The sun is smokey red, the leaves are changing, and we have already had snow here in Denver. The change of season matches Marge Piercy’s meditation on the Jewish New Year. Rosh Hashanah celebrates the world’s creation, even as (in the Northern Hemisphere), nature begins to put itself to sleep. Rosh Hashanah also marks a period of introspection and repentance, a retrospective sunset in anticipation of the dawn of atonement and renewal. “I repent better in the waning season.” What are the conditions of repentance? What causes me to pause and reflect, to study the pitted and eroded and discolored “rockface of my life”? As the land is separated from water at creation, my life, it would seem, is granite “emerging from the veil of greenery.” What does the map of my life look like? What are its contours? As I judge myself and am judged, what is set in stone, what can be smoothed? What new shape should I strive for in the waning of the season which is also the newness of the year?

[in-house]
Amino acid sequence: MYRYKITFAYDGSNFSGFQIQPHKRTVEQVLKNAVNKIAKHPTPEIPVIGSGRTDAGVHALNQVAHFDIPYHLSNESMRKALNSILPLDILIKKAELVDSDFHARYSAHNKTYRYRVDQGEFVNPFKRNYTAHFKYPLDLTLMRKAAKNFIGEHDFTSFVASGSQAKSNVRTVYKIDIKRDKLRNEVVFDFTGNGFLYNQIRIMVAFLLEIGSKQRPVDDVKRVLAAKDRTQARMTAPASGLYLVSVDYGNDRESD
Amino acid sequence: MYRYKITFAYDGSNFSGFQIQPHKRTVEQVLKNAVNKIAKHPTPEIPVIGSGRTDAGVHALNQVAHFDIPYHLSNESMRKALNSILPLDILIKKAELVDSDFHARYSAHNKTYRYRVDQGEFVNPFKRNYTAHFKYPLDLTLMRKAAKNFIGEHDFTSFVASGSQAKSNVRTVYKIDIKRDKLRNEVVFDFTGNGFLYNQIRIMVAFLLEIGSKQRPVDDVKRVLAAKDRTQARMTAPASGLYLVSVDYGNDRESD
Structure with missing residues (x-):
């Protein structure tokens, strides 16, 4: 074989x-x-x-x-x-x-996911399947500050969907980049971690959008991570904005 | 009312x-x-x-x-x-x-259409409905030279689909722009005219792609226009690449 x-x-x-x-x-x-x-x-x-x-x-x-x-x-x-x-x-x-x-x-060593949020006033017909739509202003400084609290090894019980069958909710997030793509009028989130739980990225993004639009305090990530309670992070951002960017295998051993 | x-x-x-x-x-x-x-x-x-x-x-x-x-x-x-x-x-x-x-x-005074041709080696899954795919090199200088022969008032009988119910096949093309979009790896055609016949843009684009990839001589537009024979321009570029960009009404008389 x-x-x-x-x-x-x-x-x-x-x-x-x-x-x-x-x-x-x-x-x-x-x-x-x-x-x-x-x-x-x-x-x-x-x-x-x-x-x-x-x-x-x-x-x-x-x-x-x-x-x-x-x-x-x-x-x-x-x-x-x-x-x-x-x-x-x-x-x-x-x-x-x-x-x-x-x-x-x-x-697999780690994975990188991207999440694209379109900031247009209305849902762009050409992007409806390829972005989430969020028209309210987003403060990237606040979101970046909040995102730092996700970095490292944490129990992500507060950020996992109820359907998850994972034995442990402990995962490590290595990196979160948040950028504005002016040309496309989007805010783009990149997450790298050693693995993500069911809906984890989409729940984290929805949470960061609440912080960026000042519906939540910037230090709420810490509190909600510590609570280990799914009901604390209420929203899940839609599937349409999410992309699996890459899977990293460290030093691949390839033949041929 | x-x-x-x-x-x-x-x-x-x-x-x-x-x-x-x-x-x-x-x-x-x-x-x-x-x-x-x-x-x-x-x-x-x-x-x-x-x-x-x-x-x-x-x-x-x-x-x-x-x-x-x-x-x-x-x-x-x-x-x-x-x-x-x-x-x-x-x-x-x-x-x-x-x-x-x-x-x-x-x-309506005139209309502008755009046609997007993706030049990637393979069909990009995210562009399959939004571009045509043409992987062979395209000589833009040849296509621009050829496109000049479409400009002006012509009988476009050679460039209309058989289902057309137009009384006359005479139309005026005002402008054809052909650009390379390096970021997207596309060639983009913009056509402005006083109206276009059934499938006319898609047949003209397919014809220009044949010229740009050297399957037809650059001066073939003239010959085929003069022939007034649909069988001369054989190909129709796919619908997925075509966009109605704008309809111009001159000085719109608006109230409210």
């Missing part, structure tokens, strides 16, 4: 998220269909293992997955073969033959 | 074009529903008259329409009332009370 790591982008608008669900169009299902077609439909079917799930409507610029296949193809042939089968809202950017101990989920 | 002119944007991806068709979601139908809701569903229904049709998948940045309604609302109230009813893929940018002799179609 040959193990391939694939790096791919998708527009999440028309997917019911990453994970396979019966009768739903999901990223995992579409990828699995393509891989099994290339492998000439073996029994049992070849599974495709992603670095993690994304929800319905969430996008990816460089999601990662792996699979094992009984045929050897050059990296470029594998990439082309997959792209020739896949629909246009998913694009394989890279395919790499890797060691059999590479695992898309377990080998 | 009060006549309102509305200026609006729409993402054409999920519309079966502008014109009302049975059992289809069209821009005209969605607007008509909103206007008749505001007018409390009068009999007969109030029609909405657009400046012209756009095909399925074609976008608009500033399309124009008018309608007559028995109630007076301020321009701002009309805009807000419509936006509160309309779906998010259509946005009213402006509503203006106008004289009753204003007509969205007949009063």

Todd Breyfogle, Denver, Colorado